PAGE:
The authors of ‘Stone Worlds’, a brilliant book which makes a study of landscape archaeology on Bodmin Moor, point out that there is a strange stony bank which runs up the north-west side of the hill joining the Cannon stone to the largest cairn on the top of the tor.
“This is not a normal enclosure bank and appears to have no functional purpose. It varies in width between 4m and 8m and is 130m long. It is built of large blocks . . . In some respects, the bank resembles a clitter stream; in others, it appears very artificial in character. It links the cairn at the top of the hill to the base of the hill slope and it connects the megalith-like chamber underneath the Cannon Stone with the cairn. It seems likely that this bank served as a processional way to the cairn at the top of the hill.”Stone Worlds, Barbara Bender et al, 2007
It certainly is an unusual feature which raises a great many questions as to its possible significance and focus in the landscape. Some point out that the structure of the cannon stone arrangement is very similar to that of a quoit or dolmen. So if it was purposely constructed what is it for and where does it point, is there an alignment? And which came first, the Cannon Stone or the cairns? As always so many questions!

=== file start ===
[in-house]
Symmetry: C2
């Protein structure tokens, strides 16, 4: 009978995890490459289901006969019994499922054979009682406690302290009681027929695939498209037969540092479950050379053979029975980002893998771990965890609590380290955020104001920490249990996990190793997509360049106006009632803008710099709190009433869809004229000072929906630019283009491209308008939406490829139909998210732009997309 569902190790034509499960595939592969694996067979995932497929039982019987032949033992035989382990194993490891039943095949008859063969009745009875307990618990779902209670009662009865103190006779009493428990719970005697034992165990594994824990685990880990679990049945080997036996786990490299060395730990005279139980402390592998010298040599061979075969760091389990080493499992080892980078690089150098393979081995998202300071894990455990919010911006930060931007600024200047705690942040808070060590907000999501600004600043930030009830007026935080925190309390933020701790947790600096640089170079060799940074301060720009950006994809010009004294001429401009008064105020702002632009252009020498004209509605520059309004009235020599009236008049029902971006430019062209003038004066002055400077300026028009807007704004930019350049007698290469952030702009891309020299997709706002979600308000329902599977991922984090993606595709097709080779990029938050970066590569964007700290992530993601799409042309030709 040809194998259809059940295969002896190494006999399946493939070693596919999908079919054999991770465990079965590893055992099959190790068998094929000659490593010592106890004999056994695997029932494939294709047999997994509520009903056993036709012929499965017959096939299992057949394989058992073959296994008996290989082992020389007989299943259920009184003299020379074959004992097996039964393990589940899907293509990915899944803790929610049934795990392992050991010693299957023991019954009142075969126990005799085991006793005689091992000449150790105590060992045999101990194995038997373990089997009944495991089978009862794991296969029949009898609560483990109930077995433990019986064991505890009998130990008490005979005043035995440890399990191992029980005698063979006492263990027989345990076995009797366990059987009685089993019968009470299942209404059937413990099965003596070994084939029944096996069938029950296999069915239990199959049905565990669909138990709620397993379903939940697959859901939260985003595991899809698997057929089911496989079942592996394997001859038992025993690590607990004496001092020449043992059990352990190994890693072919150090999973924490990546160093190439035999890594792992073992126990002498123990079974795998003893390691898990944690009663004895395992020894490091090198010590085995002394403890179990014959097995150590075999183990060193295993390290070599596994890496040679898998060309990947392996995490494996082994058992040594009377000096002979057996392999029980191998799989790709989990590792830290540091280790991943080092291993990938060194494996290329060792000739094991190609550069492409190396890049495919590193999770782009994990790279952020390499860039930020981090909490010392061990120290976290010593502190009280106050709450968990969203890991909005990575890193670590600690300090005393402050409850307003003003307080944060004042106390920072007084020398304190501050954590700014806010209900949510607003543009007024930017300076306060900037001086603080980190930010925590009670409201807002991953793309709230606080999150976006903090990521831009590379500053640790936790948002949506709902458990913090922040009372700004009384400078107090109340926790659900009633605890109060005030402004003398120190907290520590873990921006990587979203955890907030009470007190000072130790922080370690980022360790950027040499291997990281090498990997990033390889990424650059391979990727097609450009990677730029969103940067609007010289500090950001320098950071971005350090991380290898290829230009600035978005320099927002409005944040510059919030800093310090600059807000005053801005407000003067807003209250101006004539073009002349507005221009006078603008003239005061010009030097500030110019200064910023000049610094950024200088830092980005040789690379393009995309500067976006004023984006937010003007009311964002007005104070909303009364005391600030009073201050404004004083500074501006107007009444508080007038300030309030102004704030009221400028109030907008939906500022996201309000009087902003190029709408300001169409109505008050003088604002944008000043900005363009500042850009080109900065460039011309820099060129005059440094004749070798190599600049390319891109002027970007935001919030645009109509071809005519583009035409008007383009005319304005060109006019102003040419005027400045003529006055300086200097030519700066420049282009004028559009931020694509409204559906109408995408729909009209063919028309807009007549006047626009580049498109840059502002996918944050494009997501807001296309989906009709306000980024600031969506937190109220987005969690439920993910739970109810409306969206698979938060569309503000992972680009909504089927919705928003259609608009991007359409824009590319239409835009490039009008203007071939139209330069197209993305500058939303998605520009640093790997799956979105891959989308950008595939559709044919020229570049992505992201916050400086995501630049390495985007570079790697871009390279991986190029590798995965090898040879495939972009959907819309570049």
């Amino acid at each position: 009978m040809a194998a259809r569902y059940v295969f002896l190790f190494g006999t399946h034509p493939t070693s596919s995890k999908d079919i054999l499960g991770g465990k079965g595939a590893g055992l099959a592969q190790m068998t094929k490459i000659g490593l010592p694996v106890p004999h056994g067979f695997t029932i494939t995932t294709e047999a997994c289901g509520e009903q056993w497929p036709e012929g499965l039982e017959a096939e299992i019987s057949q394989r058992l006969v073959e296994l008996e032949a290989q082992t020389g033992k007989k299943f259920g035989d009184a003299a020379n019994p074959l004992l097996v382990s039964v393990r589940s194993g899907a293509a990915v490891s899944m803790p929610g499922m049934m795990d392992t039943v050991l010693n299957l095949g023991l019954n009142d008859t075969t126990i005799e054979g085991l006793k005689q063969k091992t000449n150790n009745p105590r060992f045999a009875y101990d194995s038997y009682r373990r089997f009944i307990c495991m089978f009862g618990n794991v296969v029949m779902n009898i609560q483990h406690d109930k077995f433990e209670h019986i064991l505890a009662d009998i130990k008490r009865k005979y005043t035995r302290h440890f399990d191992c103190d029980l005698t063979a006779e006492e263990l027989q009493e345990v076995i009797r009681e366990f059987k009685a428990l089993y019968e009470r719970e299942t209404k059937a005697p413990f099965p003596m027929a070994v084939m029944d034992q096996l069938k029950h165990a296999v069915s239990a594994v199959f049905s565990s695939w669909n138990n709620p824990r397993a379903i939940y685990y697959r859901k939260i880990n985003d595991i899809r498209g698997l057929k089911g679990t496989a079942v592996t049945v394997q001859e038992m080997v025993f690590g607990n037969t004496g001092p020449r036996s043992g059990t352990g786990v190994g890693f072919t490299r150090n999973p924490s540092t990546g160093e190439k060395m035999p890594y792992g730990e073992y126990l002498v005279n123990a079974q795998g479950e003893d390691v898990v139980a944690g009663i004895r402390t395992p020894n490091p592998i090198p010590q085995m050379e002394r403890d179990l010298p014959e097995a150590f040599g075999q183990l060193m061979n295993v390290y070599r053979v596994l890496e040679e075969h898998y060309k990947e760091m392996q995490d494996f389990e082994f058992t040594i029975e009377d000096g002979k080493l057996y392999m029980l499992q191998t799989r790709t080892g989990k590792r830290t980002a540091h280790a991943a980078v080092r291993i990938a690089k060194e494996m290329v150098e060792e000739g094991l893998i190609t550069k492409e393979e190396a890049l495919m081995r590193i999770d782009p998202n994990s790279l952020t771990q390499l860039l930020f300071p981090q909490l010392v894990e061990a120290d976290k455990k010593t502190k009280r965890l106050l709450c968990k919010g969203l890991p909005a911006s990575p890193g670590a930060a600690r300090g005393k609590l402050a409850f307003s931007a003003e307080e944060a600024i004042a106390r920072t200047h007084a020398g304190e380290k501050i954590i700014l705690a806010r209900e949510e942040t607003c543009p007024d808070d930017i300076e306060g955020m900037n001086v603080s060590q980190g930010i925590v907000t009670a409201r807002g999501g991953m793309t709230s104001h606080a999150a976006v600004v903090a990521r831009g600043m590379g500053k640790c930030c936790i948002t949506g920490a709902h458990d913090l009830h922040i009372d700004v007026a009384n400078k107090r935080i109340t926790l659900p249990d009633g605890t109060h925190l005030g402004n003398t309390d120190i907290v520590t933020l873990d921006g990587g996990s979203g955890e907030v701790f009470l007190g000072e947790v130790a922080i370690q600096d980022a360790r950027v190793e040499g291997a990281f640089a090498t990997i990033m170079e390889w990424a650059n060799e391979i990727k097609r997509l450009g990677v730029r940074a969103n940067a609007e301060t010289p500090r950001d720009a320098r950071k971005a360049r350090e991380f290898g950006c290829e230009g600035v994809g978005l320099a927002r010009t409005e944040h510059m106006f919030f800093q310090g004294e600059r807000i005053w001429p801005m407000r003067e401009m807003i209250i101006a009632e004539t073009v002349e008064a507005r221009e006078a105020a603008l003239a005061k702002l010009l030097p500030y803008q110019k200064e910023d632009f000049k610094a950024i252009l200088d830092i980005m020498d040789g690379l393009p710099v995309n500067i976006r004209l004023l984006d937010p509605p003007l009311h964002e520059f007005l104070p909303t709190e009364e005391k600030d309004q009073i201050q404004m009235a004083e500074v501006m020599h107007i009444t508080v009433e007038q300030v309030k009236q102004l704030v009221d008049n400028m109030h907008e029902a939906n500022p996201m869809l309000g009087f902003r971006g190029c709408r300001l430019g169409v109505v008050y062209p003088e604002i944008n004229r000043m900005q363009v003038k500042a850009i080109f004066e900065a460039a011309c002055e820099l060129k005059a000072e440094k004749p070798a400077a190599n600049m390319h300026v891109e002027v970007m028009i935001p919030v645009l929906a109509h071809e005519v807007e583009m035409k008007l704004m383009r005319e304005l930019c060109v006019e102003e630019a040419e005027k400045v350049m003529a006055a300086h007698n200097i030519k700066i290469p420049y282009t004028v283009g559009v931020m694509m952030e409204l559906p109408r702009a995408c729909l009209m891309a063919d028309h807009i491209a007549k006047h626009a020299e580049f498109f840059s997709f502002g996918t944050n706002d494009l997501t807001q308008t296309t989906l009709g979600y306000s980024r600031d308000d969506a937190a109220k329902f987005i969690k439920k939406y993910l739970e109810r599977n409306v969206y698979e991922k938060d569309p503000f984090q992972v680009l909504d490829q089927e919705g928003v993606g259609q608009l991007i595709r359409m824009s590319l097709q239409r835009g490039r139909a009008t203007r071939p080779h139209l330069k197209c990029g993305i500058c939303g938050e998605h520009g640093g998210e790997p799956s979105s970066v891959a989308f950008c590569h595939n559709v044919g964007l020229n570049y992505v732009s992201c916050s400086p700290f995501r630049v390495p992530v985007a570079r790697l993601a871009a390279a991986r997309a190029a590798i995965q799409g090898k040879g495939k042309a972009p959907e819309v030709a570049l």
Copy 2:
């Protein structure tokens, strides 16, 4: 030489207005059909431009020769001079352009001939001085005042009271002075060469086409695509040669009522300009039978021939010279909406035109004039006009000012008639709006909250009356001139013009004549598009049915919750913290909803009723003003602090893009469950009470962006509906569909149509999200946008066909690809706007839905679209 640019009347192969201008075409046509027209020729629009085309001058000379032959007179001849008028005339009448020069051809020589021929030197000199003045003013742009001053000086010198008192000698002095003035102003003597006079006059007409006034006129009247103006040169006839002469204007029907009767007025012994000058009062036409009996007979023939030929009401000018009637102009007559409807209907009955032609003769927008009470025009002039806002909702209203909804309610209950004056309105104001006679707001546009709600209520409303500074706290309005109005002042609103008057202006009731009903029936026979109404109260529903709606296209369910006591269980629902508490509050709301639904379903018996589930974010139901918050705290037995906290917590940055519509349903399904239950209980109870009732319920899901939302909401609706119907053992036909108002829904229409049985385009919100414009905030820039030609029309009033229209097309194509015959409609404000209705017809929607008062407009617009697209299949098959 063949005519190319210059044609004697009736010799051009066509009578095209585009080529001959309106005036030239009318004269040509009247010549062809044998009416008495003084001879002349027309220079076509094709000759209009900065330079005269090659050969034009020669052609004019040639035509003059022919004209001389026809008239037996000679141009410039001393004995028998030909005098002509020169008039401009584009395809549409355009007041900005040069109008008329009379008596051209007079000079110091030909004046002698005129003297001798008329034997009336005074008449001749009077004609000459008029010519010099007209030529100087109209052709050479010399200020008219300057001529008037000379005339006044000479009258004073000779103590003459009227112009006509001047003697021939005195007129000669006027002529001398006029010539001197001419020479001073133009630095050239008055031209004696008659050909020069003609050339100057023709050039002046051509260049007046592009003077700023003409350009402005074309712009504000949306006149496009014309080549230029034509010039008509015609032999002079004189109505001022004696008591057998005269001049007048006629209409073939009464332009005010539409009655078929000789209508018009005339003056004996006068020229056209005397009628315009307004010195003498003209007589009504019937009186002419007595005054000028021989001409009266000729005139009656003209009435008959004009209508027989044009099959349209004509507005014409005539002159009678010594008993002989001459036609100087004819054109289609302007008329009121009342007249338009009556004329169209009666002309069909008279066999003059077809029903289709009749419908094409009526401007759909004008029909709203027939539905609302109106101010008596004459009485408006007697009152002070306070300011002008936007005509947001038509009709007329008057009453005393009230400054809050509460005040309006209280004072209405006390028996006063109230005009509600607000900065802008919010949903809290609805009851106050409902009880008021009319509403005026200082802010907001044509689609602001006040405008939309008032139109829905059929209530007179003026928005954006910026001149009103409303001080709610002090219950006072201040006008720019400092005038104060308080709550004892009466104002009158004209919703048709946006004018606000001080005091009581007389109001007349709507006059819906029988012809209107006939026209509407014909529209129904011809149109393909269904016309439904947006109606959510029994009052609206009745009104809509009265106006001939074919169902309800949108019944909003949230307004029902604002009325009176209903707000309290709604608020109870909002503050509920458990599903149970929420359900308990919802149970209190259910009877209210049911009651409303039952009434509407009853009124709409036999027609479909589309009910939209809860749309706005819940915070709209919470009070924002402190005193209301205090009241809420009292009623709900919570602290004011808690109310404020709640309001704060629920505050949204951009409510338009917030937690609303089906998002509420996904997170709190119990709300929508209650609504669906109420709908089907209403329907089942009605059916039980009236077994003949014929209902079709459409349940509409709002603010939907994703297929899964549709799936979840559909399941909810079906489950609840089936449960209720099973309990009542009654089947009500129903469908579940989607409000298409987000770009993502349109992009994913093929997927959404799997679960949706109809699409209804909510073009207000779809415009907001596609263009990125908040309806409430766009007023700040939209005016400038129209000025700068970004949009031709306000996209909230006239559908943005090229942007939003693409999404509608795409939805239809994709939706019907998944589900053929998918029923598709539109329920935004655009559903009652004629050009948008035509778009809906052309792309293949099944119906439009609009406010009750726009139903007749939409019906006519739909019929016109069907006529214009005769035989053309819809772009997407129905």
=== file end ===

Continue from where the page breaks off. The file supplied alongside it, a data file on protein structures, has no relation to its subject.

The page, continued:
Carburrow tor is one of the lesser known and least visited tors on Bodmin Moor but I am hoping that I have made a good case for it being something of an overlooked treasure if prehistory and fabulous views are your thing. It may be a lonely spot now but it was once the centre of a vibrant community whose motives and beliefs have become a mystery to us. And for me this mystery makes it all the more fascinating.
Notes on Visiting
Access to the tor is fairly straightforward, it is just a short drive from the A30, turning off at Colliford Lake. However, there is very limited parking. It is possible to park on the verge near the entrance to Higher Dewey Farm just after you cross the river but this must be done with care to avoid blocking farm traffic. Please also remember that there is livestock, cattle, sheep and ponies, grazing freely in this area so dogs must be kept on their leads. Enjoy!